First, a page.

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Showcase Update



The Young Leaders of Korean American Community Services Presents


Gene Siskel Film Center

An  Afternoon of Food, Friends and Film!

Join us this Memorial Day Weekend at the Gene Siskel Film Center for a screening of the Korean film Aeja (aka GOODBYE MOM), a humorous and moving examination of the intergenerational conflict between a Korean mother and her rebellious, aspiring-poet daughter! The Chicago Tribune has called the film representative of the explosion of Korean film in the last decade. Prior to the screening, there will be a catered reception allowing you to catch up with old friends and meet new ones.




Sunday, May 30

Reception starts at 3:45 p

Screening of film starts at 5:15 p



Gene Siskel Film Center

164 North State Street

Chicago, IL 60601



Tickets - $20 online or $25 at the door.

Free appetizers are included in the ticket price.  A selection of beers, wines, and other drinks are available for purchase.

To purchase tickets online, go to


For Further Info

For additional details or if you have questions, contact Hume An at or 312-286-8218, or check out our Facebook page at  You can watch the movie trailer on YouTube by clicking on the following link:


Sponsored by:

  • Young Leaders of Korean American Community Services (The KACS Associate Board)
  • Foundation for Asian American Independent Media
  • University of Illinois Asian American Alumni Network


A portion of ticket proceeds will go towards supporting the work of Korean American Community Services (KACS).  Founded in 1972, the mission of KACS is to celebrate Korean American ethnicity and to empower all members of the community by providing educational, legal, health and social services. KACS has emerged to become the largest, most comprehensive social service provider in metropolitan Chicago dedicated to meeting the needs of Korean Americans.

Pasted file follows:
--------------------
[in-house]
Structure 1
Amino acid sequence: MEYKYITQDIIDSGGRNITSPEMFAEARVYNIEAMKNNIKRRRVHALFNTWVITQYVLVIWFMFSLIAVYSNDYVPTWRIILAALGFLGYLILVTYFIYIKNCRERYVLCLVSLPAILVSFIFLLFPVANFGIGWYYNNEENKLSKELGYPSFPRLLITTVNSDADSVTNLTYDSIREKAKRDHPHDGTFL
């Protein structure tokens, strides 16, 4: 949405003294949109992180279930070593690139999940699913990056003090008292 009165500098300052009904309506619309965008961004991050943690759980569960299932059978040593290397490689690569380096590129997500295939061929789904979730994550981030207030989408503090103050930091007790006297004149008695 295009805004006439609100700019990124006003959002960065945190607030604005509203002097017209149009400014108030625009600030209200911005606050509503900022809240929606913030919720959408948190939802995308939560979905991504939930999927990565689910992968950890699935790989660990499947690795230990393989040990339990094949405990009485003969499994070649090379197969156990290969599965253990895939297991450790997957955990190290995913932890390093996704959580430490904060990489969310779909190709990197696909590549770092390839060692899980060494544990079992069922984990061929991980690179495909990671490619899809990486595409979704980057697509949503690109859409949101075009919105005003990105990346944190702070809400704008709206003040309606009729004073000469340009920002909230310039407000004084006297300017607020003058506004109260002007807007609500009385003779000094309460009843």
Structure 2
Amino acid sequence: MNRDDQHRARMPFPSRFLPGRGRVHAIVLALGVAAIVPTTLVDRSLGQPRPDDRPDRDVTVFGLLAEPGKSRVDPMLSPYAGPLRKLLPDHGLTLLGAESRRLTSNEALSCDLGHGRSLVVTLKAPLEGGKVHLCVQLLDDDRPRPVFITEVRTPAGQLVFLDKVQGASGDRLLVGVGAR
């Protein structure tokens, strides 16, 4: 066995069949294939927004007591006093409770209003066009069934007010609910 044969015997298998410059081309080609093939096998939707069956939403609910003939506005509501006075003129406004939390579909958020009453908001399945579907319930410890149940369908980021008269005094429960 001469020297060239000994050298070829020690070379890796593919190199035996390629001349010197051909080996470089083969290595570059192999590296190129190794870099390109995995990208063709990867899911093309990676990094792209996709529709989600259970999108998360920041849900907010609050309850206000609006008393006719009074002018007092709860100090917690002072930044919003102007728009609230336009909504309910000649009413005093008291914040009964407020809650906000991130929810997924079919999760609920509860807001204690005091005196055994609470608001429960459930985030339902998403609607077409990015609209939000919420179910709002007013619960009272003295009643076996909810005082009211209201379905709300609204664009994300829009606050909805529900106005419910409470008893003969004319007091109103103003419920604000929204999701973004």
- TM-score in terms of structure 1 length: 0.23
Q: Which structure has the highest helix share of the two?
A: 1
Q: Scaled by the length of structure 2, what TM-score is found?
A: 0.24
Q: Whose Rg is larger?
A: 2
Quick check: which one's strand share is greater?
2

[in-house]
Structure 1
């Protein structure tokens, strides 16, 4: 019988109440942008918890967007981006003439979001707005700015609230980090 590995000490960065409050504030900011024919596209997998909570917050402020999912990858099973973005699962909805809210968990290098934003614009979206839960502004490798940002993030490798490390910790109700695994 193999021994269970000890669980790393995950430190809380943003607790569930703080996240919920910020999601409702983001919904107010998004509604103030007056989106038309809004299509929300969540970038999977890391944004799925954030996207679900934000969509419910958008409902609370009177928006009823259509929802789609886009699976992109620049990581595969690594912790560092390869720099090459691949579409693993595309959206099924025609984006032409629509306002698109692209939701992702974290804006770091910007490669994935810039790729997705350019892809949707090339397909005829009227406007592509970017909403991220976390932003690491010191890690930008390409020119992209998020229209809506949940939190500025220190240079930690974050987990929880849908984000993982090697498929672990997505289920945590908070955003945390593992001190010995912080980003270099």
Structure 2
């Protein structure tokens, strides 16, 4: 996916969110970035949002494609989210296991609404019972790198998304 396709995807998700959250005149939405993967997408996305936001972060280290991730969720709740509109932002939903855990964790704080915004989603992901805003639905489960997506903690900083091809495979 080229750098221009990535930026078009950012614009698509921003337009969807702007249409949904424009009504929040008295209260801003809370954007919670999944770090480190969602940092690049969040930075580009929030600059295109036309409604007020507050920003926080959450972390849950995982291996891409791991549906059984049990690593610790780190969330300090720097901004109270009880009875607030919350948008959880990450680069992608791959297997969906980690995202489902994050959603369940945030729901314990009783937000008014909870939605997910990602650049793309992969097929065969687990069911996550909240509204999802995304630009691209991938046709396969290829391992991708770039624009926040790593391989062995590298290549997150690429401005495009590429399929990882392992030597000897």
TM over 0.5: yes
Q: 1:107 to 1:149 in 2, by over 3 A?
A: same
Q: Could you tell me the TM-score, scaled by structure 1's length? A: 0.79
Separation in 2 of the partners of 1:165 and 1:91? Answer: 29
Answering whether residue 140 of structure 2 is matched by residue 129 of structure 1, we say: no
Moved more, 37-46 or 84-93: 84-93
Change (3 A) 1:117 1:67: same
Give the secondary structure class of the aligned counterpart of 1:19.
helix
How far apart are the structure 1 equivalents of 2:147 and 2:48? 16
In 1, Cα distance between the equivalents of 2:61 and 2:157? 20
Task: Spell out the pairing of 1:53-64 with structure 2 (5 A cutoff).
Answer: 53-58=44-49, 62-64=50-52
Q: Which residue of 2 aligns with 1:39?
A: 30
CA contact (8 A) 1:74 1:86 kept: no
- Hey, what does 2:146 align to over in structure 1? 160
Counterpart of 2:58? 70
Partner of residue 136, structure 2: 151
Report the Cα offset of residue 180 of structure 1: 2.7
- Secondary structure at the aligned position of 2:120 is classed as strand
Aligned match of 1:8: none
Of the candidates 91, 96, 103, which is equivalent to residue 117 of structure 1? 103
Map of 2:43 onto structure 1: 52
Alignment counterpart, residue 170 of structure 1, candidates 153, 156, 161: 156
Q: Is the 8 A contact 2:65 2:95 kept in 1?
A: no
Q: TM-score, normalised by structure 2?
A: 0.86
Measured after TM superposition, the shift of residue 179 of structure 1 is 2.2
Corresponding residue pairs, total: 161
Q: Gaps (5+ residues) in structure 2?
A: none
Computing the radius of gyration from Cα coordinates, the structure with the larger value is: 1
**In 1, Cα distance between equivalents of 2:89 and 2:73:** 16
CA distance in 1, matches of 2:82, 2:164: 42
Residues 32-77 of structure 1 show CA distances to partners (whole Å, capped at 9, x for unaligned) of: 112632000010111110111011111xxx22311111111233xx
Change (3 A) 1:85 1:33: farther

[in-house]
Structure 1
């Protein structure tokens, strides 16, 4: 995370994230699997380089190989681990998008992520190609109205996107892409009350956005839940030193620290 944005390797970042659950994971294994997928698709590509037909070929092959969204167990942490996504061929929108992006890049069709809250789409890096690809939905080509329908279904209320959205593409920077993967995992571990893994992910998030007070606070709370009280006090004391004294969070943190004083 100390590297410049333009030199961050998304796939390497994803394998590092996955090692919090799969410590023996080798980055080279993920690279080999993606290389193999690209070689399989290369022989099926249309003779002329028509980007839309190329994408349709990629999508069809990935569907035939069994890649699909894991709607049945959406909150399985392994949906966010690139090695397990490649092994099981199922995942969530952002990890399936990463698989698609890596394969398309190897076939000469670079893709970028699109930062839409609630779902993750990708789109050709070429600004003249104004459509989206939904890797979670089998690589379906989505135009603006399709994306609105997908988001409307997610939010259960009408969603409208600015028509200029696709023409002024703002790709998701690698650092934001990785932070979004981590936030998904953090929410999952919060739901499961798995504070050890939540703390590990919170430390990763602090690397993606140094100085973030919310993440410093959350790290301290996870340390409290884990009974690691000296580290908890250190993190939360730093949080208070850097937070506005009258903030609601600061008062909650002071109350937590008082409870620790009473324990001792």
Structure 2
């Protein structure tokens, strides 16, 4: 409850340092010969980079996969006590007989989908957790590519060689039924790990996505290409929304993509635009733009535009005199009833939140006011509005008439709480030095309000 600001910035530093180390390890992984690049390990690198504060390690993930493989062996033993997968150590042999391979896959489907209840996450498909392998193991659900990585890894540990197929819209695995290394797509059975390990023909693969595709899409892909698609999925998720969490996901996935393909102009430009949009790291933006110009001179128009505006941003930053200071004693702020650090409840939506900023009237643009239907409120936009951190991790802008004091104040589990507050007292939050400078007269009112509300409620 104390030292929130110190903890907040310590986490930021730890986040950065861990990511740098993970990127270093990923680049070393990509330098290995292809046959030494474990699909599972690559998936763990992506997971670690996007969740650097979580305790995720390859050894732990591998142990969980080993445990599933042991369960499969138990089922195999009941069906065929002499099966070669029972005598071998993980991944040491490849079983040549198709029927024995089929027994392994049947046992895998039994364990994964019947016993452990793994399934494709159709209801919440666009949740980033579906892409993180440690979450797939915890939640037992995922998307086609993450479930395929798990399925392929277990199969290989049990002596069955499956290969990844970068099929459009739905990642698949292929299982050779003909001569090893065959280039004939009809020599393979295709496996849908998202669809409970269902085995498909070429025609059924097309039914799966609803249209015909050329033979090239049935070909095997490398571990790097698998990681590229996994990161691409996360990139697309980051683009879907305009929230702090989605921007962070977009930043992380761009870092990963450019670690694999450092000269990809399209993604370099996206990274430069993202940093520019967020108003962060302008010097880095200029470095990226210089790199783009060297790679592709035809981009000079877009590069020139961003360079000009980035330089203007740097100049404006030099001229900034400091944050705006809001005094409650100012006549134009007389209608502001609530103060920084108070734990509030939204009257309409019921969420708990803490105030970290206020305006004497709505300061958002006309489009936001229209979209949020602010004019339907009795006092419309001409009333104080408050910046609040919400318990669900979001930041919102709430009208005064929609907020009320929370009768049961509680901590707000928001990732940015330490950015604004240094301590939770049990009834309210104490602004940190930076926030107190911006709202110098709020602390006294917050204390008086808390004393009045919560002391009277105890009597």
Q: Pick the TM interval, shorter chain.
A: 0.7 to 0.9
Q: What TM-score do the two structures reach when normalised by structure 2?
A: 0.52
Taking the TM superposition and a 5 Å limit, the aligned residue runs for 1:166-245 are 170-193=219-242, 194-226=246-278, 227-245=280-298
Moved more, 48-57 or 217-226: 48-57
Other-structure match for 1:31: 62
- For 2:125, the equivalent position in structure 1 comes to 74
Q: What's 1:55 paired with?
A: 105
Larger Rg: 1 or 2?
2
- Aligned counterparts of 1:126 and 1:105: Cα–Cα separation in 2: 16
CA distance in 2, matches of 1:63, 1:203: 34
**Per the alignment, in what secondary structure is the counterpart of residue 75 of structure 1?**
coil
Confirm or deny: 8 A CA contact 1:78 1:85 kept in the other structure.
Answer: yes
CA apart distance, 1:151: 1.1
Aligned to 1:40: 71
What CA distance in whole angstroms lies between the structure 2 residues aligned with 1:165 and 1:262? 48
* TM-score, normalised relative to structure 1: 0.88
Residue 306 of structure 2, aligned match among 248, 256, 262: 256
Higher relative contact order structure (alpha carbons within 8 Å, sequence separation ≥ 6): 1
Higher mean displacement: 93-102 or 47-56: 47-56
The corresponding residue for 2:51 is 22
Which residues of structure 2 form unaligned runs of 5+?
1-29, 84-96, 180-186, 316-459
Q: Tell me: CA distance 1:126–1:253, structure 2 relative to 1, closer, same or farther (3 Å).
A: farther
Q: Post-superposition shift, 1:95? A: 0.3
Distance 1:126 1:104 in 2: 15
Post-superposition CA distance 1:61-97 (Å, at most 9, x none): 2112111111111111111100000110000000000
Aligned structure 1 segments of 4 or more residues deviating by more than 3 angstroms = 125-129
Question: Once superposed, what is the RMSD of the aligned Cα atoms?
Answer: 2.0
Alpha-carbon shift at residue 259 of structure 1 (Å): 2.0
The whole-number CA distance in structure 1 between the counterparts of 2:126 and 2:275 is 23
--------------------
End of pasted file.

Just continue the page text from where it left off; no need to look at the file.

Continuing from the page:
With programs spanning the life cycle, KACS is able to meet the ever-changing needs of the Korean American community in Chicago as well as the diverse, multi-cultural communities of northwest Chicago where the agency is located. KACS addresses the cultural and linguistic needs of our clients by offering services in Korean, English and Spanish. Each year more than 7,000 clients benefit from one of KACS services.   To learn more about KACS, visit our website at  


Anida Yoeu Ali On Chicago Public Radio! 

Performance Artist on Muslim Identity and Art
Click the link to listen to the talk!

American Muslims are using art as a vehicle for expression and social change. 

Anida Yoeu Ali is an international performance artist and writer who was born in Cambodia and raised in Chicago. 1700% is the name of Anida’s latest spoken word poem. The poem gets its name from the 1700 percent increase in reported hate and bias crimes against Arabs, Muslims and those perceived to be Arab or Muslim since the events of September 11, 2001. 

Recently, Worldview’s Assia Boundaoui sat down with Anida to talk about the interaction between identity and art. 


Download 15th Anniversary Compilation Album Now! LIMITED TIME ONLY!

Wasn't able to pick up the 15th Anniversary Compilation Album during the showcase?
Don't worry! Download the entire album right now!